Catching Fish

Contributor: Samantha Memi

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I got the call at four in the morning. “Steve, get up! We’ve got a job.” That was the last thing I wanted to hear. Some kid had got himself drowned in the river. Jed was on his way to the station. I’d have to meet him there. As sleep drifted away my first thought was Mary; I saw her running down the street towards me, felt her arms around me, her warm breath on my neck as she whispered “Who’s the most beautiful woman you know?”

Getting out of bed was the hardest part. My breath stung the air into cloudy reactions. Two hours before sunup the earth held the cold. What if some crazy kid was floating down the river? Hurrying now wouldn’t help him. I needed to fix the heating.

I had forgotten to buy coffee. I couldn’t function till at least two coffees. I found a pack of ready ground in the back of the cupboard. It was unlike Mary to have overlooked it, perhaps she had kept it for an emergency like this. I smoked my last two Luckies and set off for the station.

The sun was just peeking over the horizon as I arrived. The chopper was fuelled and ready. Jed explained that Davie couldn’t come because he had been fixing his old flat-bed Buick and it needed new piston rings. He said we would manage okay between us, I wasn’t so sure. We took the cargo hoist and tongs with the idea of winching him up as neither of us could go down and hook him.

When we got there we could see why they couldn’t get a boat to him; he was stuck on a rock in the middle of a spring torrent which had washed away most of the bank and left vicious peaks sticking up from the frothy water. Bruce was there already looking mighty important standing on the bank, his car behind him with the door open and the red light flashing. Jed kept going on about how the Packers beat the Bears and how Rodgers was the greatest quarterback since Favre. But all I heard was Mary clumping down the hall dragging her old-fashioned heavy case I had told her to throw away years ago, and her words ringing in my head, “Don’t touch me, don’t touch me.” Why did she scream like that? I had never hit her. What had gone so wrong to make her believe I would do that? Why did she leave? I told her I’d find a better job. I even promised to give up drinking.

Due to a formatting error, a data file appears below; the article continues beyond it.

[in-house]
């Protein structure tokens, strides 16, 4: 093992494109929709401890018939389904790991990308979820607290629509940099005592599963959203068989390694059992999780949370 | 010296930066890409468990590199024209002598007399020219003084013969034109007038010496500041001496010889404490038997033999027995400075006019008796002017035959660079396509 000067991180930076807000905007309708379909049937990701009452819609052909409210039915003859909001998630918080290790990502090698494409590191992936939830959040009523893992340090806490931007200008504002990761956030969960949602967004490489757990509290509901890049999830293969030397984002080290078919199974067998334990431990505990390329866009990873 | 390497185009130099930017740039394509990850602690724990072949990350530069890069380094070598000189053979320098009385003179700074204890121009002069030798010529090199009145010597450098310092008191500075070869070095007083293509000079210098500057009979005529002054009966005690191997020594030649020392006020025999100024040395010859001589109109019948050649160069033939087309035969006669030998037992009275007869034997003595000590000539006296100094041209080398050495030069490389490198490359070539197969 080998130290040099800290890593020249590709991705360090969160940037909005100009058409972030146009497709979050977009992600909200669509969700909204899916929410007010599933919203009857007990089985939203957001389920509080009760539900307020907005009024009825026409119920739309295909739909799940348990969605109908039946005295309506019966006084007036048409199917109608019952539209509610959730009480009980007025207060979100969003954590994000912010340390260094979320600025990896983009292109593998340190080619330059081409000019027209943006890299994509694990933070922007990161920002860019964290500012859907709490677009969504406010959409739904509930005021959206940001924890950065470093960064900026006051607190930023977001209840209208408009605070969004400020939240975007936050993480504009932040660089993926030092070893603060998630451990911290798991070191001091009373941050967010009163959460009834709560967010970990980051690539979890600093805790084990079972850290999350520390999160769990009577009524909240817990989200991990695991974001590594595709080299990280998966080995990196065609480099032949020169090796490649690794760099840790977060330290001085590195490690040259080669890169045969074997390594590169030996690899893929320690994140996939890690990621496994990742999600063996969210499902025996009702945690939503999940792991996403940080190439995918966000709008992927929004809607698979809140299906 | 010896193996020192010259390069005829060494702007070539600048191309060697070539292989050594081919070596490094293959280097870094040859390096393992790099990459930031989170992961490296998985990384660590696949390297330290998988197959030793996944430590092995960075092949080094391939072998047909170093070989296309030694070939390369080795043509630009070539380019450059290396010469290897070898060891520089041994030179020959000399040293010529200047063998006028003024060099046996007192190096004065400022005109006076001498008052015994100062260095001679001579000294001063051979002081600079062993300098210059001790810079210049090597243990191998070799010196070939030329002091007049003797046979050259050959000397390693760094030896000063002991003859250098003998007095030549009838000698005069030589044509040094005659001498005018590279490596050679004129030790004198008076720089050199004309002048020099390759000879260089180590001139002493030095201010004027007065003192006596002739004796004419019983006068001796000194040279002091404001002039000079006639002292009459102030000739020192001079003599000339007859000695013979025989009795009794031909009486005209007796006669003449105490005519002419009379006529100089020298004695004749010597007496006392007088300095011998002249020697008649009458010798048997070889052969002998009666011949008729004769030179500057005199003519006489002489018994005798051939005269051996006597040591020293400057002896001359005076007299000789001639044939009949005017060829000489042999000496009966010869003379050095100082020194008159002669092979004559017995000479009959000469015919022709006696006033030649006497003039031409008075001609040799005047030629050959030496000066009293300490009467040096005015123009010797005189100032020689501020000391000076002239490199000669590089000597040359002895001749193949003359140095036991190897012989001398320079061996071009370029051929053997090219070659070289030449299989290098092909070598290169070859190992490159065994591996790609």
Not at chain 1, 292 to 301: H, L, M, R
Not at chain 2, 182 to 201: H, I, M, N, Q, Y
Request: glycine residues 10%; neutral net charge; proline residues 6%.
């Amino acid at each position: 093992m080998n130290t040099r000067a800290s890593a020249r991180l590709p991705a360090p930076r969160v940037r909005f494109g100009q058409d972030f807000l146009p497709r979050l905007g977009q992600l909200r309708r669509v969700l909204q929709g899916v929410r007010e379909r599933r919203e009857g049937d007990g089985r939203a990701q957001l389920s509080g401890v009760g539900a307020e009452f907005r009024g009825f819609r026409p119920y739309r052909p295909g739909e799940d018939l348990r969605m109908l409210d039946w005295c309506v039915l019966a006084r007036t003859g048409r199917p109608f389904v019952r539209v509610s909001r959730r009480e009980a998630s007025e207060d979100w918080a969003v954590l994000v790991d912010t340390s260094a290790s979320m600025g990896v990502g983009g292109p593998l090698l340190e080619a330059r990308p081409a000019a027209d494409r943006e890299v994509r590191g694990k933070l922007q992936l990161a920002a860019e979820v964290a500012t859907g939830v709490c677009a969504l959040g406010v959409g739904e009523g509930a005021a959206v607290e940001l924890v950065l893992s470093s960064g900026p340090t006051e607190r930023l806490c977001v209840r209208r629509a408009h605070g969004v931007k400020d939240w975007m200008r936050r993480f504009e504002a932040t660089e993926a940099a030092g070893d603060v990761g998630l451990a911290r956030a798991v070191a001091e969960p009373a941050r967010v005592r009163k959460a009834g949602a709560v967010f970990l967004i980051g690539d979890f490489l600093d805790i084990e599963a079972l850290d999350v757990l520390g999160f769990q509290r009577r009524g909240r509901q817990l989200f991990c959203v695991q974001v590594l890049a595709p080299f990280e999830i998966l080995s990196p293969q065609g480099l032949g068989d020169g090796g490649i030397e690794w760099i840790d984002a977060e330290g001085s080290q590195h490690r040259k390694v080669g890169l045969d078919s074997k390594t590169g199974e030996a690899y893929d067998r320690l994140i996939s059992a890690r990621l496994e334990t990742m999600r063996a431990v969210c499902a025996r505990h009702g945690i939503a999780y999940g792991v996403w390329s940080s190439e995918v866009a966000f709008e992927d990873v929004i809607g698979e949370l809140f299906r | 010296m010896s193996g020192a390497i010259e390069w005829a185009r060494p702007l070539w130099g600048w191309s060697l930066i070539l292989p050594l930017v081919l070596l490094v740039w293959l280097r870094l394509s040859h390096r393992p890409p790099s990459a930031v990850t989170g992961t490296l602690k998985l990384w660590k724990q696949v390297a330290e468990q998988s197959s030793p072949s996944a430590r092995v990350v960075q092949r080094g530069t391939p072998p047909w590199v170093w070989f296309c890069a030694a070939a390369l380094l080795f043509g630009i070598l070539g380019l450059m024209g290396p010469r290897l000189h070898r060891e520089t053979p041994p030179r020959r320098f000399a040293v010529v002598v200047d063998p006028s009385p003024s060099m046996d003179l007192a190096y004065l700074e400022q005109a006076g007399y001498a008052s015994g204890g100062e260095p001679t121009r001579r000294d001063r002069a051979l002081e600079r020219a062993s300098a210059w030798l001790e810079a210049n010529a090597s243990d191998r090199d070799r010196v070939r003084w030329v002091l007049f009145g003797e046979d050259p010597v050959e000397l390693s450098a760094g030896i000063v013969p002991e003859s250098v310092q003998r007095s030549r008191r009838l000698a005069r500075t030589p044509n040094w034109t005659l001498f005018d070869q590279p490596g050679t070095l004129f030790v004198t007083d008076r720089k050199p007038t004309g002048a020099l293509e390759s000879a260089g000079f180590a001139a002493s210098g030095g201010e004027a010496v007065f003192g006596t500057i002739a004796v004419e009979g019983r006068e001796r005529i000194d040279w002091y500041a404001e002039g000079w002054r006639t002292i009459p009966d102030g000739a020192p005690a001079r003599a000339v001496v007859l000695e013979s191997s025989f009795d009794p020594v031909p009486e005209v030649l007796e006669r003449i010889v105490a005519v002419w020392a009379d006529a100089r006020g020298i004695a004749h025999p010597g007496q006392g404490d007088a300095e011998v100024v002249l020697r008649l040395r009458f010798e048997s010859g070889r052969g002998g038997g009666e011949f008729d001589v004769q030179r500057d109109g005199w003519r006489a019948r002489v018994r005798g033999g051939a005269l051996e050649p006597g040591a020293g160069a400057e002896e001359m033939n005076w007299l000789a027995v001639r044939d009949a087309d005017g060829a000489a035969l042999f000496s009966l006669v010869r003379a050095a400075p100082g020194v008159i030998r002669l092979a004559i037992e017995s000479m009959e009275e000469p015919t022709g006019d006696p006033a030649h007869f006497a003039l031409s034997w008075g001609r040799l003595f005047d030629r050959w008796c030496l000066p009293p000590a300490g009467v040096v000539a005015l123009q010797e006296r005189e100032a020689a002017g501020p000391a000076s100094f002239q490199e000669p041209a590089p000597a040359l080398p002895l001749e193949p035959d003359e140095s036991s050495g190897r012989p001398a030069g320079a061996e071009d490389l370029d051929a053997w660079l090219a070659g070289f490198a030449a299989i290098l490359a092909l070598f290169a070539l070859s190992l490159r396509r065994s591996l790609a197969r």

The tongs wouldn’t hook in right. I hadn’t used them much before. It was Davie who did them mostly, but with his busted piston rings I supposed he deserved a couple of hours lie-in. I just wished I had stripped my motor down. It needed it. So did I.

Then the boy got caught. I tugged him tight and the tongs swung him up into the air. Everyone on the bank was waving, except for some guy staring into the water, close enough to get wet. Bruce radioed to bring the kid in, said the loner was his dad. Jed took us directly over him and I dropped the kid at his feet. Simplified identification I reckoned. Then we shot off. Jed had to get his daughter something for her birthday. I had to kill a Jim Beam.

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Samantha Memi is a patisserie chef in London. Her recipes for a happy life can be found at
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